With the new year right around the corner, talk with your children about how they can do their part to bring the light of Christ to the world.

Day 7: Dec. 31

St. Sylvester I, Pope

This feast day of a pope reminds us to pray for our Holy Father and suggests that we commit to regular prayer for the pope and our bishops in the coming new year.

Day 8: Jan. 1

Holy Mother of God

There’s no better way to begin the new year than by honoring Our Blessed Lady! If you have a special icon or statue of our lady, put it in a place of honor in your home for the day, perhaps with flowers and candles.

Try praying the Rosary with your family after dinner this night, or if the kids are just too squirmy, sing some Marian hymns, such as “Salve Regina” and “O Sanctissima.”

Day 9: Jan. 2

St. Basil and St. Gregory Nazianzen

These saints were bishops and they are both Doctors of the Church. They also had a remarkable and abiding friendship with one another.

Read St. Gregory’s account of his friendship with St. Basil from Matins (the Office of Readings) for the feast day, and spend some time with good friends.

Talk to your children about the importance of friends in journeying to heaven, and help them put together cards with spiritual bouquets for their own friends.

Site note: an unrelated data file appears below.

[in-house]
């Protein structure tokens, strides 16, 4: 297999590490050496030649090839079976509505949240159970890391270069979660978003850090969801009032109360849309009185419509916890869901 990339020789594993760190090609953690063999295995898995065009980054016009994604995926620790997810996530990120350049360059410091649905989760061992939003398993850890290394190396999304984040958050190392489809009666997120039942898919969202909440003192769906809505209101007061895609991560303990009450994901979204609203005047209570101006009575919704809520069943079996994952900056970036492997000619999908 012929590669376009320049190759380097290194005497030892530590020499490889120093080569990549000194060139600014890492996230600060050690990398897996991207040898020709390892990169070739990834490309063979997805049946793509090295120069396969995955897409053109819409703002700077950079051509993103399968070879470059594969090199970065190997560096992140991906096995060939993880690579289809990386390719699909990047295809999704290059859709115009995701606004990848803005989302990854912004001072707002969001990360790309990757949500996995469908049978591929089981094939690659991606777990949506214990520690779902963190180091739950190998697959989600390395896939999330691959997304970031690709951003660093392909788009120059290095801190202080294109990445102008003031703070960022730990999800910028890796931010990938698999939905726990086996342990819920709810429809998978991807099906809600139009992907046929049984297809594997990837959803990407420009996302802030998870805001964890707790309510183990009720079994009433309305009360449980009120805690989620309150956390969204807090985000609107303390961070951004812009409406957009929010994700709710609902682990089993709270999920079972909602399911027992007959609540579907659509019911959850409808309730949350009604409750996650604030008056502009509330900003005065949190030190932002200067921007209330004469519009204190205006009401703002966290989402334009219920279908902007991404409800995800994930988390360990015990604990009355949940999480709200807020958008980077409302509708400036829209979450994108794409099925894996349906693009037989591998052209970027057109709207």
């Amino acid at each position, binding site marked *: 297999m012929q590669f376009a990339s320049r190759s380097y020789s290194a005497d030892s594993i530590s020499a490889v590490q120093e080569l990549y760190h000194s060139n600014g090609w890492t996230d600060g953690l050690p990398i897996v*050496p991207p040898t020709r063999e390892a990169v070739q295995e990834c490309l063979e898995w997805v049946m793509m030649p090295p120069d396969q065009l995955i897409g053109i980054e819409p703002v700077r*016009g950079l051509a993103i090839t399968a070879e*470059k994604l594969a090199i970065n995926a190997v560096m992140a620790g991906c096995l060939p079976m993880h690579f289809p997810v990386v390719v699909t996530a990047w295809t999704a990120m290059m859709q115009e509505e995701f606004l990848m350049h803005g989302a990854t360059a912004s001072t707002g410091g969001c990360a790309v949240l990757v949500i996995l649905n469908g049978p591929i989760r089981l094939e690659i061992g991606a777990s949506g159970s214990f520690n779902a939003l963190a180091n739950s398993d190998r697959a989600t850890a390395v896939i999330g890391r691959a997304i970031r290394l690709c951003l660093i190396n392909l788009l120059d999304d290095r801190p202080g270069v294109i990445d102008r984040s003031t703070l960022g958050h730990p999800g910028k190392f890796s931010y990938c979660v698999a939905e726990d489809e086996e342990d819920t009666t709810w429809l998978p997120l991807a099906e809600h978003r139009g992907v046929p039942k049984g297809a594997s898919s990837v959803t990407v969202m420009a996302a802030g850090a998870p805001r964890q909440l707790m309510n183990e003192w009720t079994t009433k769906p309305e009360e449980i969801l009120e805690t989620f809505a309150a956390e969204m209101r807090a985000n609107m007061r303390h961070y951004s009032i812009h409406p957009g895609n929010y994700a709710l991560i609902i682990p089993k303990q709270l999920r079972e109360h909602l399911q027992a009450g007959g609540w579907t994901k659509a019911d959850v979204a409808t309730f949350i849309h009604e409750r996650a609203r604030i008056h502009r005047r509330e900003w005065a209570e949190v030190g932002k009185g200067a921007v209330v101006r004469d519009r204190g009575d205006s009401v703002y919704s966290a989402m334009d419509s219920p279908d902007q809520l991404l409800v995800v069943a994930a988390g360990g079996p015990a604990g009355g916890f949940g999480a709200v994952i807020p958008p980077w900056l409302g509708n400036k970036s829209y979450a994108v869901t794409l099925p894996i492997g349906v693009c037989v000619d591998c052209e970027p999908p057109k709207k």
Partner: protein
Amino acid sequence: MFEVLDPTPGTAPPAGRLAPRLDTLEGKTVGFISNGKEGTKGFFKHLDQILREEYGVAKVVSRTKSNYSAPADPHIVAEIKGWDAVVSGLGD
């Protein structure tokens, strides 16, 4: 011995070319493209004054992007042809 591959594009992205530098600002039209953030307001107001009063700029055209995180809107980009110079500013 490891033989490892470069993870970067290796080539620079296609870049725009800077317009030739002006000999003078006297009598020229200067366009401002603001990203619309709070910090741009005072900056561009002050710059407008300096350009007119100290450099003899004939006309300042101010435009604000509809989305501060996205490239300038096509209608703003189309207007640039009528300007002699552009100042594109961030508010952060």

Day 10: Jan. 3

The Holy Name of Jesus

Today is a day to reflect on the power of the Holy Name. On this day, one might consider making an Act of Reparation for those who have abused the Holy Name, and to meditate on the sacredness of all baptismal names.

Tell your children why you chose their names, and talk to them about speaking names with respect, as well as saying a prayer whenever they hear God’s name taken in vain.

Day 11: Jan. 4

St. Elizabeth Ann Seton

This day is a very special day for Seton families because it is the feast day of our patron, Mother Seton.

Today might be a good day to freshen up the schoolroom or school corner. It’s also an appropriate day for getting together with homeschooling friends, perhaps for a potluck dinner at which St. Elizabeth is honored with skits from the children about her life.

Day 12: Jan. 5

St. John Neumann

The 4th bishop of Philadelphia, St. John Neumann was also an important proponent of Catholic education in the United States.

Along with the previous day’s feast, this is a good day to celebrate Christmas with fellow homeschoolers.

About Christine Smitha

Christine Smitha

Christine Smitha holds a B.A. in English and Literature from Christendom College. She has taught Literature for nine years, and enjoys dabbling in journalism when she gets a chance. She is currently Seton Home Study School’s Accreditation Manager.


About Contributing Writers

A wide range of authors from priests, educators, parents and students bring insight and inspiration for the homeschooling journey. We would love to hear from you! To submit your story for consideration, visit Submissions. Learn More
Learn about Homeschooling with Seton
School Pre-K through 12 at home. A quality, Catholic education. Online learning. Accredited and affordable.
Request your Free Info Pack

Pin It on Pinterest